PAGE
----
Ladbrokes are making sure that every dog indeed has its day with yet another round of takeover talks, this time with betting exchange Betdaq. A statement from the bookie confirmed they are engaged in “discussions regarding a potential future acquisition” and that negotiations are “ongoing” with “no certainty that an agreement will be reached”.
So far it’s par for the course as far as takeover discussions are concerned and it follows a two-year period during which it’s very much been a case of Lads on Tour instead of a settling down and starting a family. It started with chief executive Richard Glynn attempting a takeover of 888.com that broke down barely long enough for a quickie on a Magaluf sunlounger. Then came the infamous Sportingbet discussions that ended acrimoniously after they found their beau cavorting on a Turkish beach with the other cool kid in their year. What’s to say the Betdaq will be different then?
The reason for requiring Betdaq is very different to the deals they were attempting to sign with both 888 and Sportingbet. The two previous deals were being done to secure shares in markets, such as Australia, where they are already lagging behind competitors. In comparison the Betdaq one is with a company they already have a partnership with and one that gives them the second-largest exchange product on the market. That in itself widens its offering when compared to rival William Hill, who doesn’t have an exchange product.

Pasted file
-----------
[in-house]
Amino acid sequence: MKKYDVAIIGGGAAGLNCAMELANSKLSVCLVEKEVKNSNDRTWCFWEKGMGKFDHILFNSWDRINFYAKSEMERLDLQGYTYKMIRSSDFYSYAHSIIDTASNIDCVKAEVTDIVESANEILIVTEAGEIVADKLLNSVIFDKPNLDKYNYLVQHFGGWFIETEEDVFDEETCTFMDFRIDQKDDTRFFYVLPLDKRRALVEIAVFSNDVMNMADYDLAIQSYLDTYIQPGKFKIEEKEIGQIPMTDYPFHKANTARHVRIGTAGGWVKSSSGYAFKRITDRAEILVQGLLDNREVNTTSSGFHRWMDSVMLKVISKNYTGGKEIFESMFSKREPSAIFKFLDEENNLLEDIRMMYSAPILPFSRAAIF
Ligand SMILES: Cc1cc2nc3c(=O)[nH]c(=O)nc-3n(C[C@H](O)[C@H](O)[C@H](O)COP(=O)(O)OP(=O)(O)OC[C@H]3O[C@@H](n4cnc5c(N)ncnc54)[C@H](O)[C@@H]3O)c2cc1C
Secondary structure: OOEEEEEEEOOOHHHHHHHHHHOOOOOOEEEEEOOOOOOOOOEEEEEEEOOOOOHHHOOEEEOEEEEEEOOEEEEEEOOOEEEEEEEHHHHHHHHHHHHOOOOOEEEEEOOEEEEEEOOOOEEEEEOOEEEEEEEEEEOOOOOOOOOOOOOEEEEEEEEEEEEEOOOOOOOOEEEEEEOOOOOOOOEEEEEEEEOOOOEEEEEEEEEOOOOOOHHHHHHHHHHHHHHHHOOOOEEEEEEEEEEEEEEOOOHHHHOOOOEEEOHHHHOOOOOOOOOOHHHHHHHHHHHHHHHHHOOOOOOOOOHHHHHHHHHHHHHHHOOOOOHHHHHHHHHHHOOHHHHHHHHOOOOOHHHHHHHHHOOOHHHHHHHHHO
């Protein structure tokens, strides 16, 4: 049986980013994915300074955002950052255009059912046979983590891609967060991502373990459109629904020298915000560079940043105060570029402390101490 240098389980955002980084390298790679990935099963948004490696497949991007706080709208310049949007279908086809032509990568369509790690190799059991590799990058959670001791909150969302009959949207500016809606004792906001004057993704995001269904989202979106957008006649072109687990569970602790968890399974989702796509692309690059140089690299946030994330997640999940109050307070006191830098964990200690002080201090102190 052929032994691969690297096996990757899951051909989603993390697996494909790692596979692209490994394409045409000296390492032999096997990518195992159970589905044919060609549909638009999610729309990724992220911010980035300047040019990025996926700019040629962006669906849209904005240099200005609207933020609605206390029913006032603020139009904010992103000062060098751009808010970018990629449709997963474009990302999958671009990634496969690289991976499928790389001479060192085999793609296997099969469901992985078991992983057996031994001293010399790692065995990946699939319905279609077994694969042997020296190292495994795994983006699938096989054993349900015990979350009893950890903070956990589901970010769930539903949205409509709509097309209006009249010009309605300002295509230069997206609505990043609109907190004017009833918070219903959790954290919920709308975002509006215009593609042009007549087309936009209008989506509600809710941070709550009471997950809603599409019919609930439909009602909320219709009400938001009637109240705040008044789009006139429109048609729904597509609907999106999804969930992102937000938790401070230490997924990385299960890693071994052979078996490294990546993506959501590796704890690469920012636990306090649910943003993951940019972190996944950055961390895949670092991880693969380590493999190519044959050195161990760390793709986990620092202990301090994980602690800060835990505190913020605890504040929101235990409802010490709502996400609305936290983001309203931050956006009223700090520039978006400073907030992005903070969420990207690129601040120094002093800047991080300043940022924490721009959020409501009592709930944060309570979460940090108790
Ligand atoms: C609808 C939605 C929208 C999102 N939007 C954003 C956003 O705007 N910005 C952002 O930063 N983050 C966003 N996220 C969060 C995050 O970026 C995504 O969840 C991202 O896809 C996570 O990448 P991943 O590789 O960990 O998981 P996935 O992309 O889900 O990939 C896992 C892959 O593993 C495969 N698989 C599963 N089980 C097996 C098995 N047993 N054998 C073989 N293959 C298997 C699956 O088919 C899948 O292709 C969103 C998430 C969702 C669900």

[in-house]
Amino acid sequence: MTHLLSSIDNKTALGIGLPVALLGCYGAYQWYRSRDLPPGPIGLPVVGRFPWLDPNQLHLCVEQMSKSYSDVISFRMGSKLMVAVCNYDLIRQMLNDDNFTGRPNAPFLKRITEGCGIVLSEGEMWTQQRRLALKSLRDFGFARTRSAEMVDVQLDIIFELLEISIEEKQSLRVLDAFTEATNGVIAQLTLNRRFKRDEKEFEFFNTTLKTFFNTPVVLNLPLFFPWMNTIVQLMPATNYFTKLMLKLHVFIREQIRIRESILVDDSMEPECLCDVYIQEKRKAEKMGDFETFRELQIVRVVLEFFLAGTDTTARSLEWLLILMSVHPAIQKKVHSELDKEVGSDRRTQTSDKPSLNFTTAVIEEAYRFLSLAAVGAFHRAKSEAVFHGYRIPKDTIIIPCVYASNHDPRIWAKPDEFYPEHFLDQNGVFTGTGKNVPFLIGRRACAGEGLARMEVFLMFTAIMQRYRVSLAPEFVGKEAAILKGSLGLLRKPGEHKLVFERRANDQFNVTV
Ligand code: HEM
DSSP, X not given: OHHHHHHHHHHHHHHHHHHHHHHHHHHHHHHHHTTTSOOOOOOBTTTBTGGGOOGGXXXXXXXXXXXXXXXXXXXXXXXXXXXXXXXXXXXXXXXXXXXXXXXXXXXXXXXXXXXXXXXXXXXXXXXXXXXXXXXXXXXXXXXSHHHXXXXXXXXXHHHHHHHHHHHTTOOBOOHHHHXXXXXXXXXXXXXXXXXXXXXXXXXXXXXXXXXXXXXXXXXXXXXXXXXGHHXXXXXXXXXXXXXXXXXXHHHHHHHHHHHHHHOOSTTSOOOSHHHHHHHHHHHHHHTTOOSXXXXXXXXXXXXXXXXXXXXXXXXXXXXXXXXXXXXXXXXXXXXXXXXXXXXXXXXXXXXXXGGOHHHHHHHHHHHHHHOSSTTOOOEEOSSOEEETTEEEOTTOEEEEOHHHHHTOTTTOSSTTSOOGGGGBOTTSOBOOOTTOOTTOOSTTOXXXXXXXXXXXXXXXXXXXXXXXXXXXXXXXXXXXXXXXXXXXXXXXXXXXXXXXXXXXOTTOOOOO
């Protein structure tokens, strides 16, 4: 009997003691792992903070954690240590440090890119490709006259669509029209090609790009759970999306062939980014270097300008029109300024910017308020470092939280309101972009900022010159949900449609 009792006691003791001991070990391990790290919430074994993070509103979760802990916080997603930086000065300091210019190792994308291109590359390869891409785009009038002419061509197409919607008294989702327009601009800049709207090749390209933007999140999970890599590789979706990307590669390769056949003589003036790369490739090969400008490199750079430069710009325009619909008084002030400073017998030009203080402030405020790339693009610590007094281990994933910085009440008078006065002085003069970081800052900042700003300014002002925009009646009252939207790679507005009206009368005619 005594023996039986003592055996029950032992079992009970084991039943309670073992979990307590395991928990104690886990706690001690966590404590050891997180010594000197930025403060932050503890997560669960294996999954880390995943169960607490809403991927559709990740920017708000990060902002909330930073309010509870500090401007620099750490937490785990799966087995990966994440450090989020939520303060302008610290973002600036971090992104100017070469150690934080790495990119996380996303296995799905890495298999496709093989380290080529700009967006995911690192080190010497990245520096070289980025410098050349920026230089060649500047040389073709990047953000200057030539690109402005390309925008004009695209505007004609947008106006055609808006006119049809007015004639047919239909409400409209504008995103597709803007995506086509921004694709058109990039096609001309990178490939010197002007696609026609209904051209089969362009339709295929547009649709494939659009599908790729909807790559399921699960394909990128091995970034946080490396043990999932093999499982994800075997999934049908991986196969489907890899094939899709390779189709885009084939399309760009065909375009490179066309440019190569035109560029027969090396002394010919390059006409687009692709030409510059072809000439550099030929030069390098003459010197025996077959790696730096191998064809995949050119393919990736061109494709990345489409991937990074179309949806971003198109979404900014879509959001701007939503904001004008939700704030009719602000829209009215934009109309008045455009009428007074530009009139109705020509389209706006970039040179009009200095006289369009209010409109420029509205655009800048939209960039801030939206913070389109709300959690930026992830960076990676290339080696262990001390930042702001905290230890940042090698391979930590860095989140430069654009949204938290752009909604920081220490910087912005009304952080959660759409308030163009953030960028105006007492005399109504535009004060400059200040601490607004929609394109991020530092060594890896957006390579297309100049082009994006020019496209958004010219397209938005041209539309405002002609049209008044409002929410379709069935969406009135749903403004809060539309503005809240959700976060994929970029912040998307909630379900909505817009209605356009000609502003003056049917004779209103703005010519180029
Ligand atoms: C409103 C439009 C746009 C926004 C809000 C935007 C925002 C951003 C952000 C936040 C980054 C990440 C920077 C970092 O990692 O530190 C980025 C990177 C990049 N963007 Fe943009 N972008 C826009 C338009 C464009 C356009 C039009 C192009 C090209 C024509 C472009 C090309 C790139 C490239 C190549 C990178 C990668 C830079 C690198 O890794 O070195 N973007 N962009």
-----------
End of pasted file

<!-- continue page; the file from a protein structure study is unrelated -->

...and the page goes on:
Betdaq has also had a busy couple of years with the firm pulling out of the Australian market in July 2011 after an investigation by local media found a problem with the legality of its operations over there. Any legal problems with the exchange or it operating in grey markets could scupper the deal much like happened with the Sportingbet takeover.
A takeover was first mooted this time last year – the same time as a partnership between the two was discussed that would have allowed Ladbrokes to use Betdaq’s exchange technology. The Lads were obviously so impressed with what Betdaq has to offer that a full takeover was the only logical course of action.
Good news for Ladbrokes is that those that matter have received the deal well and the share price has risen by a modest 0.54 percent to 203.30pence – the highest amount over the current 52-week fiscal year.
Saying that, one analyst in particular isn’t convinced by the move with Simon French, of Panmure Gordon, adding: “Acquiring Betdaq would provide Ladbrokes with broader product reach and may reduce leakage of certain customers to Betfair, but significant investment in product and marketing would likely be required for Betdaq to become a material profit contributor to Ladbrokes.”
We can expect much talk over the next few months as they get to work on the nuts and bolts of the deal and it might eventually be the case that we’re talking of Ladbrokes as the number two exchange on the planet. Being number two in one sector doesn’t necessarily have any effect on efforts in another sector and the task of overhauling William Hill’s lead is still as tricky as ever and until online is properly sorted out the effort will continue to be a losing one.